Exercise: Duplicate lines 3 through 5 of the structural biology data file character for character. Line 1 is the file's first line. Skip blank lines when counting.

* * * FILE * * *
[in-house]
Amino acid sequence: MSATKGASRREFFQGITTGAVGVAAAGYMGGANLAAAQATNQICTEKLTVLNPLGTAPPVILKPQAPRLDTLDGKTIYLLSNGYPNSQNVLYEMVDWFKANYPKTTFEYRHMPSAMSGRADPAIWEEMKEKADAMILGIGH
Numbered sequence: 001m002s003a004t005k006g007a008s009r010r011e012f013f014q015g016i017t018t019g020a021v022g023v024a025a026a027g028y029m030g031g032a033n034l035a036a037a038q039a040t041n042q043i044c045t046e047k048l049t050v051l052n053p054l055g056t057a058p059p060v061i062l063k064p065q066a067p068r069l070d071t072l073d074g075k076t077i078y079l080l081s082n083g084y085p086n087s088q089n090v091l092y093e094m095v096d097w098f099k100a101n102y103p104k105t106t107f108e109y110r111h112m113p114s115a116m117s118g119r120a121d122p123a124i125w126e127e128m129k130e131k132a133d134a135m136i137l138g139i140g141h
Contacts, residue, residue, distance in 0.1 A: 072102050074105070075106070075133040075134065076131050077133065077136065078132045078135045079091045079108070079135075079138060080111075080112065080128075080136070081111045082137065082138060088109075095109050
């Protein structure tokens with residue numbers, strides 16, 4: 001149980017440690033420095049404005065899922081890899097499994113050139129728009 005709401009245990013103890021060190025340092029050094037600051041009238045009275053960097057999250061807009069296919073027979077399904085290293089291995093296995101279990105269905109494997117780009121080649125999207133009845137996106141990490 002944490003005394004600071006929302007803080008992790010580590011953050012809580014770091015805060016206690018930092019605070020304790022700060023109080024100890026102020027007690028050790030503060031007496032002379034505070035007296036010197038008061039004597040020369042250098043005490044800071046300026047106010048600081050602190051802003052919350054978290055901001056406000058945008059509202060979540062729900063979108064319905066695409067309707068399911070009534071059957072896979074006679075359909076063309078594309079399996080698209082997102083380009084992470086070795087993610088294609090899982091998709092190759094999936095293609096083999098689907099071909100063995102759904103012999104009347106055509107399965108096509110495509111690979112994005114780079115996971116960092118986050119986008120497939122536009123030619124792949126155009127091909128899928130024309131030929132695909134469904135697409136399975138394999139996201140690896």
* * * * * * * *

Numbered sequence: 001m002s003a004t005k006g007a008s009r010r011e012f013f014q015g016i017t018t019g020a021v022g023v024a025a026a027g028y029m030g031g032a033n034l035a036a037a038q039a040t041n042q043i044c045t046e047k048l049t050v051l052n053p054l055g056t057a058p059p060v061i062l063k064p065q066a067p068r069l070d071t072l073d074g075k076t077i078y079l080l081s082n083g084y085p086n087s088q089n090v091l092y093e094m095v096d097w098f099k100a101n102y103p104k105t106t107f108e109y110r111h112m113p114s115a116m117s118g119r120a121d122p123a124i125w126e127e128m129k130e131k132a133d134a135m136i137l138g139i140g141h
Contacts, residue, residue, distance in 0.1 A: 072102050074105070075106070075133040075134065076131050077133065077136065078132045078135045079091045079108070079135075079138060080111075080112065080128075080136070081111045082137065082138060088109075095109050
């Protein structure tokens with residue numbers, strides 16, 4: 001149980017440690033420095049404005065899922081890899097499994113050139129728009 005709401009245990013103890021060190025340092029050094037600051041009238045009275053960097057999250061807009069296919073027979077399904085290293089291995093296995101279990105269905109494997117780009121080649125999207133009845137996106141990490 002944490003005394004600071006929302007803080008992790010580590011953050012809580014770091015805060016206690018930092019605070020304790022700060023109080024100890026102020027007690028050790030503060031007496032002379034505070035007296036010197038008061039004597040020369042250098043005490044800071046300026047106010048600081050602190051802003052919350054978290055901001056406000058945008059509202060979540062729900063979108064319905066695409067309707068399911070009534071059957072896979074006679075359909076063309078594309079399996080698209082997102083380009084992470086070795087993610088294609090899982091998709092190759094999936095293609096083999098689907099071909100063995102759904103012999104009347106055509107399965108096509110495509111690979112994005114780079115996971116960092118986050119986008120497939122536009123030619124792949126155009127091909128899928130024309131030929132695909134469904135697409136399975138394999139996201140690896």